The story goes that Gleeson’s character, Tim, finds he has the gift of time travel and uses it to, among other tricks, get the girl. The girl, Mary, played by McAdams, has a mouse-brown bob, signifying that while she is beautiful, she’s also dependable and a good bet.

This is a classic Curtis family-values film; the couple a reassuring nod to the possibilities of long-term love.

“I love that he [Curtis] didn’t want the couple to fall apart,” says McAdams, 34. “He said, ‘Can we not have the dramatic we-almostlost-each-other [plot]? Can we have a couple that expresses something more stable?’ I loved Tim and Mary for that. It’s more a question of ‘Let’s be each other’s greatest support, because life is going to get hard and lots of things are going to crumble around us, so let’s try to be strong within that together.’ It has that certainty.”

Curtis couldn’t have found a more suitable accomplice in McAdams, the movie star boys believe they most stand a chance of finding next door.

Her longing to be that girl – despite all of her pesky success – is notorious. That two-year hiatus, some time after The Notebook, came with the quote, “If you want to play normal people, you need to have a normal life.”

On another occasion, she told an interviewer that her perfect day out would be “riding her bike to the cinema and then sitting down for a glass of wine and quinoa salad”.

Was this why, in February, she broke up with Welsh actor Michael Sheen? The pair met on the set of Midnight in Paris in 2010, although they made it known that they were only friends until the shoot had wrapped.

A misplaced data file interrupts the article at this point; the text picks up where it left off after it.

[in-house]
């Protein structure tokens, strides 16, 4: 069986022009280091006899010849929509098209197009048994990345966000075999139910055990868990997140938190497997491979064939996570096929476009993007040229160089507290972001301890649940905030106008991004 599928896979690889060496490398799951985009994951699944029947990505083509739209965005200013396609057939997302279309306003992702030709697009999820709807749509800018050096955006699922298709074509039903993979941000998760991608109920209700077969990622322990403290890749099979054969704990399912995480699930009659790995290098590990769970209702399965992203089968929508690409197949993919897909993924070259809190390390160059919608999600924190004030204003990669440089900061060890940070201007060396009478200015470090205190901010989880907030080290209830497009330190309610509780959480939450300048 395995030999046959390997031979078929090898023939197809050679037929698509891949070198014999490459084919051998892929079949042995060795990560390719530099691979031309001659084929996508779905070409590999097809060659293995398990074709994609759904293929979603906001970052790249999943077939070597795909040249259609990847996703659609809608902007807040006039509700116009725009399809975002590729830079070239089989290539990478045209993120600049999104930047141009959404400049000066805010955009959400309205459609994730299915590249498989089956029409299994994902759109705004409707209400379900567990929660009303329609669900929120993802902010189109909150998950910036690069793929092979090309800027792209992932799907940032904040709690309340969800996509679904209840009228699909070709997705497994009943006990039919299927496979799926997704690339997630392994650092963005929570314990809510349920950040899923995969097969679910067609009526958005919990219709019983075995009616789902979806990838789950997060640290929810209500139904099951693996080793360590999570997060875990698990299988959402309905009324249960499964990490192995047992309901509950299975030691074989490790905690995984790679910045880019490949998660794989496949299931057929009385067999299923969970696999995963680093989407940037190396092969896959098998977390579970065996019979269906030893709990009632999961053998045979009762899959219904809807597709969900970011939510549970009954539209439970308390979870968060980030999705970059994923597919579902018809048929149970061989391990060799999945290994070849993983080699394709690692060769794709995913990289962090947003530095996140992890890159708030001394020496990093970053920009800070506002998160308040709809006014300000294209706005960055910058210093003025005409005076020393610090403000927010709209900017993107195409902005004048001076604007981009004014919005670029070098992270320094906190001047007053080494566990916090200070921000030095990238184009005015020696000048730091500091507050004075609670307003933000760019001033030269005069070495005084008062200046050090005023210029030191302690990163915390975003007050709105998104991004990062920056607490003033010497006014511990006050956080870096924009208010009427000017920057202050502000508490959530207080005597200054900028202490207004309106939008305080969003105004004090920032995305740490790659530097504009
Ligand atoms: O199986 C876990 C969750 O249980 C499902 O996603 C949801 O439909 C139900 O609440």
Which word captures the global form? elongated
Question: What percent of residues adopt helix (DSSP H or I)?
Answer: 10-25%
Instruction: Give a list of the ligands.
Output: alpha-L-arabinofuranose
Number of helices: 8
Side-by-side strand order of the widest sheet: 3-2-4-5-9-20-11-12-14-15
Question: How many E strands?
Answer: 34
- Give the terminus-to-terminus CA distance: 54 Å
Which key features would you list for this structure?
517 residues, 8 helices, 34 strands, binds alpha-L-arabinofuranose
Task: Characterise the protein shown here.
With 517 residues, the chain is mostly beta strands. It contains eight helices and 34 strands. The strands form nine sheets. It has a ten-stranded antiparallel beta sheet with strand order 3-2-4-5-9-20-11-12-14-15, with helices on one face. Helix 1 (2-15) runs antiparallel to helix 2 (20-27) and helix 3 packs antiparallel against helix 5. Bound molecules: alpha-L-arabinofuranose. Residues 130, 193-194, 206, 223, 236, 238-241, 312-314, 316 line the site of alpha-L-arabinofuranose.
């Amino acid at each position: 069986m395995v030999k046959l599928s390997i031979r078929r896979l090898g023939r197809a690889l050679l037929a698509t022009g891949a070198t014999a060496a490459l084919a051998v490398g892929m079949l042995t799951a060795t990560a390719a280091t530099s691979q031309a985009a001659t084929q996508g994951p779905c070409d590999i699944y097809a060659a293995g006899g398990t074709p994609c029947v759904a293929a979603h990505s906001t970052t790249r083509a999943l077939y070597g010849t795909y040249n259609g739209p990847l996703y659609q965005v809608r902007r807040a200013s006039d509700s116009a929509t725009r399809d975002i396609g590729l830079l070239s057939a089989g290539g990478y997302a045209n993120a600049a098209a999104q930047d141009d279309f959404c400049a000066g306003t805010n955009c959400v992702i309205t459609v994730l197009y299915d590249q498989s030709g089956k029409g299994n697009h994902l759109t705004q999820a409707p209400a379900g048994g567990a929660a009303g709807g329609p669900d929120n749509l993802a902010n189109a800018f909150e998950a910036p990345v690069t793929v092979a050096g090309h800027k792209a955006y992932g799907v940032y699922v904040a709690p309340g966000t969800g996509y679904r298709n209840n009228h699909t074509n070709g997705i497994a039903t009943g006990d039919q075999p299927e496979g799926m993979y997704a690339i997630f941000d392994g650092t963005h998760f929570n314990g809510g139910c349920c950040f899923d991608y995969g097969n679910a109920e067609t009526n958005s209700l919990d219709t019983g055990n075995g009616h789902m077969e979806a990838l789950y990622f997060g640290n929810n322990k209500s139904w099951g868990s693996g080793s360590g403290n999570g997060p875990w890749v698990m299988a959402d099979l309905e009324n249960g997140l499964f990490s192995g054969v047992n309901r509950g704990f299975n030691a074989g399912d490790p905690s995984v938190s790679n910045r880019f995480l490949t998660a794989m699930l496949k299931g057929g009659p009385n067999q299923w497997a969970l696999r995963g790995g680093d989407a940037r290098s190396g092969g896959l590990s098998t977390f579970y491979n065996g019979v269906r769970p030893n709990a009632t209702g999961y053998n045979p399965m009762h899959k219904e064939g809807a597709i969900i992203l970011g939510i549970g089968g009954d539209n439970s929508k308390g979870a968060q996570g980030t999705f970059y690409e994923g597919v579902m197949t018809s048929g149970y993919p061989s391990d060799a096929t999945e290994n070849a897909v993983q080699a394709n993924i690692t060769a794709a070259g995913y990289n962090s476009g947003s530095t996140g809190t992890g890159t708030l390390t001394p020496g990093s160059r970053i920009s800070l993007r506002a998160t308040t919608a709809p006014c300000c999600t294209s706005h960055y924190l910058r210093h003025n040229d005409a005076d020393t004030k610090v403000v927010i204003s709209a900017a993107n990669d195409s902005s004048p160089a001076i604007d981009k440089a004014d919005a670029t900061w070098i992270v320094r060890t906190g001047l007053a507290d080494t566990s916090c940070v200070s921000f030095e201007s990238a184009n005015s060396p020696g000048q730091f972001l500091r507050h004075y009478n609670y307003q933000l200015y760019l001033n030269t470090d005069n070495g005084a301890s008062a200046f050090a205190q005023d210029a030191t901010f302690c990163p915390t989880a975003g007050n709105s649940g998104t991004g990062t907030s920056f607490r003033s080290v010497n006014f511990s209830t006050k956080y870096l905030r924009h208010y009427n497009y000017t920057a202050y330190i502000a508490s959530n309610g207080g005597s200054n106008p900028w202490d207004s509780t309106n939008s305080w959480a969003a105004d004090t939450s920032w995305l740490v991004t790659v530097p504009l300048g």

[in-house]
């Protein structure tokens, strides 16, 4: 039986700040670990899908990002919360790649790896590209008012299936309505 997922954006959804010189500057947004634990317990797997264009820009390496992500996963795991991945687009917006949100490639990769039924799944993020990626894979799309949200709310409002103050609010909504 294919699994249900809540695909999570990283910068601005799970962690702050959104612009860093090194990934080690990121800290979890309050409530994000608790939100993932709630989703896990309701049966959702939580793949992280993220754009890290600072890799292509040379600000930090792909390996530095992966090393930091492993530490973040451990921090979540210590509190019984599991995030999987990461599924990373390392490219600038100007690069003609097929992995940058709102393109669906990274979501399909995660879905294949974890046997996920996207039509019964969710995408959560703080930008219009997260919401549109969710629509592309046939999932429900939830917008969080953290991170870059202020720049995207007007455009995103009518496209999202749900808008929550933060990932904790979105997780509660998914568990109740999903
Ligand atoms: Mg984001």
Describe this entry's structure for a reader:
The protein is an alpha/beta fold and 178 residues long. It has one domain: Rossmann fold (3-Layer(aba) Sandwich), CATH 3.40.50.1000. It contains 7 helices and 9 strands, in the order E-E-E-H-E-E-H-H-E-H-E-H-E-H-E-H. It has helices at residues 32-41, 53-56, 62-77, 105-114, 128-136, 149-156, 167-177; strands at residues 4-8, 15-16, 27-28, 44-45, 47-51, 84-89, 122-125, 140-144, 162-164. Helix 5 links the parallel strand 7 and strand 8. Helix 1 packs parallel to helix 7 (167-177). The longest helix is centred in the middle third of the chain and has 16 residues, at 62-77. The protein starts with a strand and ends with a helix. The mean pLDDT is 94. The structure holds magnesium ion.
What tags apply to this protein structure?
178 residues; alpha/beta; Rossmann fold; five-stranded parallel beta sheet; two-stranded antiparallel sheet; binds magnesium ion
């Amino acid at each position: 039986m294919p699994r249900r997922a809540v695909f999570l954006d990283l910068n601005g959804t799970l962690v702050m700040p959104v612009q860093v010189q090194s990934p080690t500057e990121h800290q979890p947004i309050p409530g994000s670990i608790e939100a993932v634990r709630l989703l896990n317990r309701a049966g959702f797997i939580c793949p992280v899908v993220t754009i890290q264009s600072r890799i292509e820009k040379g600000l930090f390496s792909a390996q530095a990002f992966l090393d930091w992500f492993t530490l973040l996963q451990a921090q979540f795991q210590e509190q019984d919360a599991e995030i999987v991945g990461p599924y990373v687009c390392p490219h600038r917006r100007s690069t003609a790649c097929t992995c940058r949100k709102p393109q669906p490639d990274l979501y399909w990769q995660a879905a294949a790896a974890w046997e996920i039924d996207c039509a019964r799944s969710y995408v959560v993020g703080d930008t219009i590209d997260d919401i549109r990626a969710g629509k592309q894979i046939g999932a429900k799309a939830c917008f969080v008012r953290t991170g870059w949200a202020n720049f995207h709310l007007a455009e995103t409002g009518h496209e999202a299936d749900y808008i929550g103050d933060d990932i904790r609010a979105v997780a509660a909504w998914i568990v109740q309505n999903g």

It can’t have been easy, and not only because, as Gosling fans would all agree, Sheen wasn’t her sexier, cooler ex.

She lives in Toronto, Canada – not so far from where she grew up near Ontario with her truck-driver dad, nurse mum, and sister and brother – while Sheen lives between Los Angeles and Wales. She always said how challenging the long-distance thing is.

Add to the complex mix Lily, the 14-year-old daughter Sheen shares with Kate Beckinsale.

Yet she always said she “loved the British sense of humour”, and they looked happy together at premieres. But now it’s over anyway, and her hair is brilliant pink, which must mean she’s having a good time.

“Actually, I just like it to be healthy,” she says.

Was there ever a more perplexing actor? Sometimes you do wonder if her inability to make up her mind about anything is the reason why, more than 10 years after it began and despite her undeniable beauty, smarts, talent and chutzpah, she isn’t, well, a lot more famous than she is.

Directors have always adored her, speaking of her “uncanny warmth on screen” and how she “radiates life”. She is the only actor ever to have been cast by the two screen masters Terrence Malick and Woody Allen; the latter on the glowing recommendation of her most ardent champion, Diane Keaton.

(“There aren’t a lot of girls out there with that much sex appeal and beauty who can also be comic,” said Allen.)

Yet, her career is a study in doing things on your own terms, which doesn’t always add up to being top of the A-list.